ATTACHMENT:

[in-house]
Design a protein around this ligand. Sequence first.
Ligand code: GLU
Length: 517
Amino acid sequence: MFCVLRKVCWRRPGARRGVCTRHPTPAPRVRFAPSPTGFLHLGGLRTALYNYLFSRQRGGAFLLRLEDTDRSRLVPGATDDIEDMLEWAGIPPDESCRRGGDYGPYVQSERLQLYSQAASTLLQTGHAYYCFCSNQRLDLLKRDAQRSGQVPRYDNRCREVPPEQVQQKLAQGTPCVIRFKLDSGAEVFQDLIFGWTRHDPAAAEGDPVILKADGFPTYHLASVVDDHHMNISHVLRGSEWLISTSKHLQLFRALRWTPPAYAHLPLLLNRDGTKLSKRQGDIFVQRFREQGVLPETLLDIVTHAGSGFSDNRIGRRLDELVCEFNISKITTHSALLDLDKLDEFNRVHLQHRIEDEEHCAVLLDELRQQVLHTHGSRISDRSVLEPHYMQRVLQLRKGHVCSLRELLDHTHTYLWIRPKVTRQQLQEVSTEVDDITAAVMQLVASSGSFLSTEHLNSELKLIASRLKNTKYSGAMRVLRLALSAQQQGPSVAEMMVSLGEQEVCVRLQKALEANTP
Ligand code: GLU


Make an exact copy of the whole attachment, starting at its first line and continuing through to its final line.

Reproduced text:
[in-house]
Design a protein around this ligand. Sequence first.
Ligand code: GLU
Length: 517
Amino acid sequence: MFCVLRKVCWRRPGARRGVCTRHPTPAPRVRFAPSPTGFLHLGGLRTALYNYLFSRQRGGAFLLRLEDTDRSRLVPGATDDIEDMLEWAGIPPDESCRRGGDYGPYVQSERLQLYSQAASTLLQTGHAYYCFCSNQRLDLLKRDAQRSGQVPRYDNRCREVPPEQVQQKLAQGTPCVIRFKLDSGAEVFQDLIFGWTRHDPAAAEGDPVILKADGFPTYHLASVVDDHHMNISHVLRGSEWLISTSKHLQLFRALRWTPPAYAHLPLLLNRDGTKLSKRQGDIFVQRFREQGVLPETLLDIVTHAGSGFSDNRIGRRLDELVCEFNISKITTHSALLDLDKLDEFNRVHLQHRIEDEEHCAVLLDELRQQVLHTHGSRISDRSVLEPHYMQRVLQLRKGHVCSLRELLDHTHTYLWIRPKVTRQQLQEVSTEVDDITAAVMQLVASSGSFLSTEHLNSELKLIASRLKNTKYSGAMRVLRLALSAQQQGPSVAEMMVSLGEQEVCVRLQKALEANTP
Ligand code: GLU